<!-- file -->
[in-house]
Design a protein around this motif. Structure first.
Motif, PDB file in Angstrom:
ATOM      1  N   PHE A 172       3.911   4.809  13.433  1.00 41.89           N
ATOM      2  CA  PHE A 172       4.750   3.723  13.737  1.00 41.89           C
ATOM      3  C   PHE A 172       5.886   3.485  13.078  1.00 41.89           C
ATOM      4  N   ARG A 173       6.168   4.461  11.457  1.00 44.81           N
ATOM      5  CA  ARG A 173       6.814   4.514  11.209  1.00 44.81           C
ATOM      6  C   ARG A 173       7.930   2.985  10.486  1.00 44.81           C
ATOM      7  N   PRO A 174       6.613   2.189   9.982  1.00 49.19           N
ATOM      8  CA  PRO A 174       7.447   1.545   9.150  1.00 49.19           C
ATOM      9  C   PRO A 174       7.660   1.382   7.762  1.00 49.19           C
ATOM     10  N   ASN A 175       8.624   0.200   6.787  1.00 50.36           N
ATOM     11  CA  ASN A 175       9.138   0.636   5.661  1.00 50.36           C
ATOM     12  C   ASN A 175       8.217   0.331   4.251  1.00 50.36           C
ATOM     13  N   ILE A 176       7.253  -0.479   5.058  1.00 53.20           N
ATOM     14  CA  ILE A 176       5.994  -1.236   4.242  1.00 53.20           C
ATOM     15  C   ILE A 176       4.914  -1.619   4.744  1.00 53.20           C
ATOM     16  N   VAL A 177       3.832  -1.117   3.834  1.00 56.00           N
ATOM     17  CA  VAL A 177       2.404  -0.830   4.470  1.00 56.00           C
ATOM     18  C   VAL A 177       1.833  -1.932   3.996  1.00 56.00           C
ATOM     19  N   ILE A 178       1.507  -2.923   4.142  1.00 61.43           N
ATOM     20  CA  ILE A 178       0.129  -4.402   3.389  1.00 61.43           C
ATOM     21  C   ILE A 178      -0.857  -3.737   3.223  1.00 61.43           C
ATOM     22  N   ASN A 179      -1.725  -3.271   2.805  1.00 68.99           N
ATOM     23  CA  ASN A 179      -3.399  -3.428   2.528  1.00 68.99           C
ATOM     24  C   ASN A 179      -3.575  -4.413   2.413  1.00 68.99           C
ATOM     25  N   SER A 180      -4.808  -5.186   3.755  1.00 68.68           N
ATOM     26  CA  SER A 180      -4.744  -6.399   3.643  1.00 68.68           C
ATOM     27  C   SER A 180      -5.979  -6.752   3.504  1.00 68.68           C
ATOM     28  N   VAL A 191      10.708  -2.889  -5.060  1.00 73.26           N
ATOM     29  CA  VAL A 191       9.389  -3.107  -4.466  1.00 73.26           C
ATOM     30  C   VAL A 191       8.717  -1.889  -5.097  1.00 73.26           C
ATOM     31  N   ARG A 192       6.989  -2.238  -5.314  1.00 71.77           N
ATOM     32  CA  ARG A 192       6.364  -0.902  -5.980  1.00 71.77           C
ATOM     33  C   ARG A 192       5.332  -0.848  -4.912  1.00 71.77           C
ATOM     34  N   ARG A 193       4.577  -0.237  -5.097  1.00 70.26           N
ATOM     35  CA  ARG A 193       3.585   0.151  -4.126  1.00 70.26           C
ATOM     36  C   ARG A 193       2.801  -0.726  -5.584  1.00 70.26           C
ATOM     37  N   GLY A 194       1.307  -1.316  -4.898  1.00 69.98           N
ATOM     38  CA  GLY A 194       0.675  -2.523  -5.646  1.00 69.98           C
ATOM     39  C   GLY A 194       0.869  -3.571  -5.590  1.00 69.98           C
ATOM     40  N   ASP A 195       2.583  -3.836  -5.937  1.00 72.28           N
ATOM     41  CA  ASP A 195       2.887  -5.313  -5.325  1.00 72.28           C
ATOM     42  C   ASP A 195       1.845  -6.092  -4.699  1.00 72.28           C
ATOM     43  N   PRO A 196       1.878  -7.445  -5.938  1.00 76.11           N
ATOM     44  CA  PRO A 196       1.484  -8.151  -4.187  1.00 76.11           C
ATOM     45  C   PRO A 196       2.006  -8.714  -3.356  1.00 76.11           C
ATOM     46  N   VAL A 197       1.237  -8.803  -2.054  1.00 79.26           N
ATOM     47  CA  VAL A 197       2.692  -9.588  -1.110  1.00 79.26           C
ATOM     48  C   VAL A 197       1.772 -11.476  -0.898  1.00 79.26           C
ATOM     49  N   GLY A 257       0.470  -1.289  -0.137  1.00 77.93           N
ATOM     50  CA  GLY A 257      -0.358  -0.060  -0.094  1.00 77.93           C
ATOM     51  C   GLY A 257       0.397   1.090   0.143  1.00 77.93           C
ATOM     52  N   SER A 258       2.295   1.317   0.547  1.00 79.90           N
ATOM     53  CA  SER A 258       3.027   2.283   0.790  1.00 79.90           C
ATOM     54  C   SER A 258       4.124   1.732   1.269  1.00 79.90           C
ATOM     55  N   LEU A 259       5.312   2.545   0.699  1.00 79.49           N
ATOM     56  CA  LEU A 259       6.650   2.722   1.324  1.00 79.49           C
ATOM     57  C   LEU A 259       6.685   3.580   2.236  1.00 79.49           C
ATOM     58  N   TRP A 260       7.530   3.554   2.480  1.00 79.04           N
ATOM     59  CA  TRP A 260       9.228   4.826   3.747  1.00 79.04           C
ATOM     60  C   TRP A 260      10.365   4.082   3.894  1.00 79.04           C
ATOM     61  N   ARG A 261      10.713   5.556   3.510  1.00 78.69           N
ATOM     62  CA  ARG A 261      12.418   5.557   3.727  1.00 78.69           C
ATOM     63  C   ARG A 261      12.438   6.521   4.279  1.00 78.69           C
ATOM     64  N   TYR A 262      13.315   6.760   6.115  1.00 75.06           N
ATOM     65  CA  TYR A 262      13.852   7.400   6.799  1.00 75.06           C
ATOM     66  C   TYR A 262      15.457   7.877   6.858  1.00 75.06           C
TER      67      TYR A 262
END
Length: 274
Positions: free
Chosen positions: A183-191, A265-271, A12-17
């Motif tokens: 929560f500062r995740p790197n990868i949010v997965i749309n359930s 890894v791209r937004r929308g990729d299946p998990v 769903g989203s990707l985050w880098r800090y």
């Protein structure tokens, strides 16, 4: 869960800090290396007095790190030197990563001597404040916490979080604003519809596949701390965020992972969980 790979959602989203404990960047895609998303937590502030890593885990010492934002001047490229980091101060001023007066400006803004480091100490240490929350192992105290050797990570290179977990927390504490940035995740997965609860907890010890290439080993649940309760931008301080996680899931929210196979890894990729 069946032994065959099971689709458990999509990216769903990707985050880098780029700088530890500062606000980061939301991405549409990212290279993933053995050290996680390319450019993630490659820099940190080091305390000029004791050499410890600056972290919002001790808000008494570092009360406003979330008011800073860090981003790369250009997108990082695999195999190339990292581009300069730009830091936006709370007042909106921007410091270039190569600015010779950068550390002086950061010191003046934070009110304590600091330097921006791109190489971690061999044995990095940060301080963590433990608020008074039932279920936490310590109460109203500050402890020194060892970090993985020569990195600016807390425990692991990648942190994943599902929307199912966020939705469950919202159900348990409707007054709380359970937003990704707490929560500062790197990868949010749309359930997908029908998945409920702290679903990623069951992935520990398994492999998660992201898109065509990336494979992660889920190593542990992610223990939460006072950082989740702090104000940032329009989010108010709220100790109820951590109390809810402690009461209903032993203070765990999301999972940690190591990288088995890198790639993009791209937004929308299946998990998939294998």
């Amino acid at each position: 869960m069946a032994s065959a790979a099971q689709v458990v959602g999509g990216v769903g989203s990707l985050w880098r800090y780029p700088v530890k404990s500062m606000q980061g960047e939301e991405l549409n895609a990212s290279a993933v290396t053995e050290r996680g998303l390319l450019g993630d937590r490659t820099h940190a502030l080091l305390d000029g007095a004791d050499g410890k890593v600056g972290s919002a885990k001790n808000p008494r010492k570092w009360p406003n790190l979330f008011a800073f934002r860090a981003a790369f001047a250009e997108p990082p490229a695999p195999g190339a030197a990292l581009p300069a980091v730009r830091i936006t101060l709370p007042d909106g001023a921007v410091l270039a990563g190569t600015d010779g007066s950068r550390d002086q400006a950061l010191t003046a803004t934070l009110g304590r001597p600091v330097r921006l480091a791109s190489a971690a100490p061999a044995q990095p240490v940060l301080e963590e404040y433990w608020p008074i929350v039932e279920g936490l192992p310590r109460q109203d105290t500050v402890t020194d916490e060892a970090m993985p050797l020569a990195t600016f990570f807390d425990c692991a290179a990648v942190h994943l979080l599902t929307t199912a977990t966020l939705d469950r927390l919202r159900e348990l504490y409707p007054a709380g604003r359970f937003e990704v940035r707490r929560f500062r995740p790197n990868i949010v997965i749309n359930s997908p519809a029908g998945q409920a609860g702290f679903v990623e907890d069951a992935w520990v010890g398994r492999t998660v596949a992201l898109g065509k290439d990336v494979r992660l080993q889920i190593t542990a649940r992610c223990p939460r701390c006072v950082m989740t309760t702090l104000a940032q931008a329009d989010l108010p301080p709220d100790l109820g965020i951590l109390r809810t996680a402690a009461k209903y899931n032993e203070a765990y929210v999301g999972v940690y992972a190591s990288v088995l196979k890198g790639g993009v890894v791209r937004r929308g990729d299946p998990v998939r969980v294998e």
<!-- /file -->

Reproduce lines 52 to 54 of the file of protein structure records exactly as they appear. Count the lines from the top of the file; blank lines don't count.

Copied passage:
ATOM     49  N   GLY A 257       0.470  -1.289  -0.137  1.00 77.93           N
ATOM     50  CA  GLY A 257      -0.358  -0.060  -0.094  1.00 77.93           C
ATOM     51  C   GLY A 257       0.397   1.090   0.143  1.00 77.93           C